Ideally, how important is it to be mindful of the spirit by which we go about making our income…our living?

A recent inquiry: “I read your post with great interest. I have a question. I run a ‘leadership development’ company. I hate the term ‘consultancy’ because it smacks of greed. My question is, does ‘lightness,’ commercially speaking, imply I should be offering my skill and service for free (altruistically)? And conversely, if I make a profit, am I dancing with the devil? ‘Profit is quite a filthy word (to quote Russell Brand v Paxman).’

I’m not sure pure altruism in business is sustainable – even Bill Gates’ fortune will fall foul of commercial entropy eventually. But to offer my service to the market at the best price I can, instead of ‘milking the client for all I can,’ brings me pleasure. Not because I still make money, but because I know I did my best for the customer – including how I priced. I am building a business based on this philosophy and I find customers refer me to others because they perceive the underlying care/fairness in my approach as well as a quality service. This makes me happy. Is this aligned with your thinking? Thanks for the post.” — Tony ***THIS IS AN INQUIRY FROM A READER OF ONE OF MY BLOG POSTS, i.e.: “What would life be truly like if one could honestly say…’If in Heaven I have what I have now, I would be happy?'”  WordPress: Dec. 2, 2013

Response: Hi, Tony. Thanks so very much for sharing your such splendid thoughts and insights, please know it so genuinely means a lot.

With regard to capitalism and making money, I believe it is the ‘spirit’ (healthful or unhealthful) in which we make money that is important (and PLEASE know I mean this all in a ‘spirit’ of genuine humility and respect). I believe that the ‘Three Portents’ (prompts for all bad tidings), i.e., hate, greed, and ignorance, can be easily associated with forms of capitalism which are NOT congruent with a healthful spirit or more-so altruistic mien of making the world a better place. Having said that, I do believe that in so many cases, capitalism works to serve the better good. Once again ideally speaking, I do believe it is important to be mindful of the notion that our vocational way of life should make the world a better place (inclusive of the spirit by which we go about it).

To be fair, this of course is not always a simple or easy thing to accomplish: If possible, it can be requisite of looking WITHIN ourselves to realize significant levels of happiness and deep objective insight, vs. looking externally for things which might (only) seem to make us happy. Does another pair of shoes or another gadget make us a better person? Ongoing ‘true effort’ can be consistent with, and a result of ‘true happiness,’ and vice-versa. “It may be up to each and every one of us to decide if a ‘path of heart’ is congruent with a lack of blind or unmitigated fear and ambition…yin to yang – yang to yin.”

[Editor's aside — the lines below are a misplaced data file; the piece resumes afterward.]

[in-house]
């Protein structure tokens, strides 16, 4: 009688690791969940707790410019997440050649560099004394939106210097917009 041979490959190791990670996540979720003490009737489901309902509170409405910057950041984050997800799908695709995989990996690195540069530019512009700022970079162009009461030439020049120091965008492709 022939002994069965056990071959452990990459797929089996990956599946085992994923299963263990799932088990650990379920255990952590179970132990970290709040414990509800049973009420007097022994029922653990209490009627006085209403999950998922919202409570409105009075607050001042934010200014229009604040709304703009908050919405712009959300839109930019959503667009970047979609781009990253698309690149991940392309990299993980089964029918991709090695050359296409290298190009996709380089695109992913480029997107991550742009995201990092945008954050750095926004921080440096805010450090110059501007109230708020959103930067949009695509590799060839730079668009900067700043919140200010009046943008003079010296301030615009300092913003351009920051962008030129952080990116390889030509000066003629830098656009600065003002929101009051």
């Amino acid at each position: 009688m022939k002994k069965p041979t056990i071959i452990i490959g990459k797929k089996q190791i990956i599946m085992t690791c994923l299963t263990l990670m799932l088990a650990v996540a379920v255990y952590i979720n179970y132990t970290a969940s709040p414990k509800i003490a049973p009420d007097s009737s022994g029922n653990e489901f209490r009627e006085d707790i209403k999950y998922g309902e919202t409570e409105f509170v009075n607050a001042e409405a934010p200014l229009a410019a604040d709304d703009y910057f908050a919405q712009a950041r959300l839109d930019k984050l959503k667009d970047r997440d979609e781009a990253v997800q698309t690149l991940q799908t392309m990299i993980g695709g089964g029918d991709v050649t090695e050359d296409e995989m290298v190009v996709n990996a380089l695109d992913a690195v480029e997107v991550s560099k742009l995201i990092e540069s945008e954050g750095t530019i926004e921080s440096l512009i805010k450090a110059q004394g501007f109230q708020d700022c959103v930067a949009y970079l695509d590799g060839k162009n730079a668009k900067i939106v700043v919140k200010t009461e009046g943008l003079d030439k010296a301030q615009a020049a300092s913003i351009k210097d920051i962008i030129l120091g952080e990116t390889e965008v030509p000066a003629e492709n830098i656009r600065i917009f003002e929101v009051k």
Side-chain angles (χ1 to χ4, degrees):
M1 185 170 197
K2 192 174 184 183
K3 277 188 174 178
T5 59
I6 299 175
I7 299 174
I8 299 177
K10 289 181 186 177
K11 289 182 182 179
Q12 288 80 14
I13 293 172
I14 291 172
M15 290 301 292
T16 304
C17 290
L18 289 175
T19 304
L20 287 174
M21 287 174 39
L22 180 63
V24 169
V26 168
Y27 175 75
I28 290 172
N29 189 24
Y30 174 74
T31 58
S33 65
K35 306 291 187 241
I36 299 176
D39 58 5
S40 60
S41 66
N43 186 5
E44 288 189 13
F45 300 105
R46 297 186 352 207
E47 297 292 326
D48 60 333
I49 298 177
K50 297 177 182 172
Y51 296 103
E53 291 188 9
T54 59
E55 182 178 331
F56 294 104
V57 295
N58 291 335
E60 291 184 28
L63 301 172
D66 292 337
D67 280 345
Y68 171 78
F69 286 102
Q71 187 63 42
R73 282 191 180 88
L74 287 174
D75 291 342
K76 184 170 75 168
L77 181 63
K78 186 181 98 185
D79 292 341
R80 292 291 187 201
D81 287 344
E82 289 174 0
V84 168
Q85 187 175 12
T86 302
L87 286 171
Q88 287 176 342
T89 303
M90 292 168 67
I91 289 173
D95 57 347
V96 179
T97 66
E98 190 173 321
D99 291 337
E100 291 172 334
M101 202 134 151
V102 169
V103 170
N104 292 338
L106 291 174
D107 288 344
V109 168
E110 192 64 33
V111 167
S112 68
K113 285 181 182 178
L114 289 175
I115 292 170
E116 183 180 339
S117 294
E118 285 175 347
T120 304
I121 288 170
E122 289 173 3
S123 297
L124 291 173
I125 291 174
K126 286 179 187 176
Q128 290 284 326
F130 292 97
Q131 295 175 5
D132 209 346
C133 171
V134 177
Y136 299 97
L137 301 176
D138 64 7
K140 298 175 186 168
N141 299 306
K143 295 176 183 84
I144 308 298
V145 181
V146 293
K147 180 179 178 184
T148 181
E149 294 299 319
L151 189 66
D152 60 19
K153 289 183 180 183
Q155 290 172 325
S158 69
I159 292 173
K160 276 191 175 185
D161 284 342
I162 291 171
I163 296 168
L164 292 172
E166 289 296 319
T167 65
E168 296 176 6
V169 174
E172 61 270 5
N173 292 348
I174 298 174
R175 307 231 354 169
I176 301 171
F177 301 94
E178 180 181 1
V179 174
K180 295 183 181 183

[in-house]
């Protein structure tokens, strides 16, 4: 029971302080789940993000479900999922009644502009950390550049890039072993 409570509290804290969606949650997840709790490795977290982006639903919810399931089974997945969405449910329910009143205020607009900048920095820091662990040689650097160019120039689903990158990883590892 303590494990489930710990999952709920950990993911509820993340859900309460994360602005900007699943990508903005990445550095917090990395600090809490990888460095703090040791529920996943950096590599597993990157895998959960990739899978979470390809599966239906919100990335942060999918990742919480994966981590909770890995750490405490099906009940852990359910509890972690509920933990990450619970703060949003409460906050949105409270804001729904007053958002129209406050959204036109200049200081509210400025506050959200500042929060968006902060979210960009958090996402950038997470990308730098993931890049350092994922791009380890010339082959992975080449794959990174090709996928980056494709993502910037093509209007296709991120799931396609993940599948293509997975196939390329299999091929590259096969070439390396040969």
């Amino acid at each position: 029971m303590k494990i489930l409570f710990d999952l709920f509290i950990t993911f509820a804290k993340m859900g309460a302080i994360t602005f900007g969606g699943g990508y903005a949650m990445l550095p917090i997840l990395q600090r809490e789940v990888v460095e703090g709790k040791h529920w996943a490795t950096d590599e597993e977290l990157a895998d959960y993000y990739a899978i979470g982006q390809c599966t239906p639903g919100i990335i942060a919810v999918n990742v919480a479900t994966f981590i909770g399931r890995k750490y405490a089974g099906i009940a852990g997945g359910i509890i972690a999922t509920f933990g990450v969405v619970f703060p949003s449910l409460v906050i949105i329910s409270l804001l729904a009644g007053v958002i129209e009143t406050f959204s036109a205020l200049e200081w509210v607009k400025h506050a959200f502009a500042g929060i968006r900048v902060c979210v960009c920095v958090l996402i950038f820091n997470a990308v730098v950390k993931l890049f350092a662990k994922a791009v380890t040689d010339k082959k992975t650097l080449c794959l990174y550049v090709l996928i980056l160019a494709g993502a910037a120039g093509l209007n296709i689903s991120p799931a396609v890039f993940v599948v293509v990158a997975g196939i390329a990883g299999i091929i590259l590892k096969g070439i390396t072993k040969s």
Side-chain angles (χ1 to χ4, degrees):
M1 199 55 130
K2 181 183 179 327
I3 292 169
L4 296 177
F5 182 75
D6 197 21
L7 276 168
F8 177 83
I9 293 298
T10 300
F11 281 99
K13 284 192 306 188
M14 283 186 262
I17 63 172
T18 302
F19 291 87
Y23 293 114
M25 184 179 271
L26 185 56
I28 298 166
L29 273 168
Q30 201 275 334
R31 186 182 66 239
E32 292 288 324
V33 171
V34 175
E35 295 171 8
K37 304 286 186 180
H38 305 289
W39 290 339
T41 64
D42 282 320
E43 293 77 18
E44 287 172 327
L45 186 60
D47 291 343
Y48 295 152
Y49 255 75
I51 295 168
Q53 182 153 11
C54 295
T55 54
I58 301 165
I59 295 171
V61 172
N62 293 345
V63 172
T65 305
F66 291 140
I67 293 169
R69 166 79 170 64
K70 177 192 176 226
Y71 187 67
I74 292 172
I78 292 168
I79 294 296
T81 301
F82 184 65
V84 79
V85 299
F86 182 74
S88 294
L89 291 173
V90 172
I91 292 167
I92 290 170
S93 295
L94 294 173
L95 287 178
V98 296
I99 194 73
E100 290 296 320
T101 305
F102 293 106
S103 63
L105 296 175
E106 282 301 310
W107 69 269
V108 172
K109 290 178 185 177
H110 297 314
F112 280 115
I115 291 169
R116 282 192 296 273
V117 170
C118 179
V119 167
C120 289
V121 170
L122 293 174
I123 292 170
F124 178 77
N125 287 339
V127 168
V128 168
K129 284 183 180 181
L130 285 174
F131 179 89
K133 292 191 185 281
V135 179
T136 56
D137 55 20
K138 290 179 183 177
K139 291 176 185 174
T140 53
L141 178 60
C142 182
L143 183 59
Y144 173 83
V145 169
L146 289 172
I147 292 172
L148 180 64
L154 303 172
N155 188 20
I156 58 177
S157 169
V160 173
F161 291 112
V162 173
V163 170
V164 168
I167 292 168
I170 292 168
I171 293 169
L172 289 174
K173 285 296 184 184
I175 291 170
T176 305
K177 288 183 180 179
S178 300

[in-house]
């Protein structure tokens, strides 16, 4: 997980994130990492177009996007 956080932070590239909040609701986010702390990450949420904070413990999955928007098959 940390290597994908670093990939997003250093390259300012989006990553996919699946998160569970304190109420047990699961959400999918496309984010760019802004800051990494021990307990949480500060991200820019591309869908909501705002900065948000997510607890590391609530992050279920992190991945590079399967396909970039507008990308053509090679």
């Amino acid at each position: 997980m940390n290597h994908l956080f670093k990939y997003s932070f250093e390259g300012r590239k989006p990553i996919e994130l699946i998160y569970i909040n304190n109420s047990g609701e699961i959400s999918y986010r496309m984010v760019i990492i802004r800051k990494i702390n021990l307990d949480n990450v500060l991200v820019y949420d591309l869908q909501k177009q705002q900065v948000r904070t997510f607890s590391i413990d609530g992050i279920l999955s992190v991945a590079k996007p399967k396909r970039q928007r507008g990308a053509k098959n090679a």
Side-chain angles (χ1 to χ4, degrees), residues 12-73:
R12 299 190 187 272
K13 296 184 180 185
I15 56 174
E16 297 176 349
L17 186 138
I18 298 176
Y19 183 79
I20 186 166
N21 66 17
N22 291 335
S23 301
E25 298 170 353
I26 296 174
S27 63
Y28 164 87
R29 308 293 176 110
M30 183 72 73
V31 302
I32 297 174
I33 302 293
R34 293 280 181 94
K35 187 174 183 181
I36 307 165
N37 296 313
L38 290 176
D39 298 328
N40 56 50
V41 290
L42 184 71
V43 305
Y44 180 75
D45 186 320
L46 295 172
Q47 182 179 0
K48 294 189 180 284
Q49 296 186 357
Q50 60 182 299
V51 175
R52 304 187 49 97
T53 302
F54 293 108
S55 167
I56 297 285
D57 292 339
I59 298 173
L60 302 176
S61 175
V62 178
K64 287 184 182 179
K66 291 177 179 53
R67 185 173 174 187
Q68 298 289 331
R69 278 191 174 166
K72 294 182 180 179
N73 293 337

Most of us live in societies in which capitalism is the basis of our financial enterprise ( I am NOT here to argue this as a good thing or bad thing), and thus it is accordingly important that we endeavor to earn a responsible level of income (i.e., ideally speaking: in a fashion in which we complement our society – IF it is humanly possible). It is requisite of paying fees and taxes for the ‘roads’ and ‘bridges’ we use, along with ALL of the amazing levels of infrastructure and other relevant amenities that we enjoy (of course with regard to taxes, I know there is a lot of ‘waste’ – but that is also another issue which is not the point here).

I believe that there may come a time in the far-off future in which we could possibly ‘outgrow’ capitalism (which unto itself, is a whole other VERY complicated subject). Simply put, it is loosely congruent with the notion of ‘true health through true responsibility.’ It would mean that a large majority of people will have been raised up in a fashion in which they will work hard to make the world a better place, without the need for riches or recognition…just the right thing for the right selfless sake. The science of economics is among the most complicated of issues, and it would be up to expert economists as to how this might work in practical application (if this ever would occur at all). If this did occur, I am in no way saying that it would automatically work – it is just a possibility or potential hypothesis.

So yes, what you are saying IS so quite aligned with my thinking – it is quite clear that you are acting responsibly…mindfully in a spirit of altruism and the right thing for the right selfless sake. I believe you are succinctly making the world a better place through your splendid insight and effort. It is a pleasure and honor, Tony. Once again, thanks so much! — Dr. Glen Hepker



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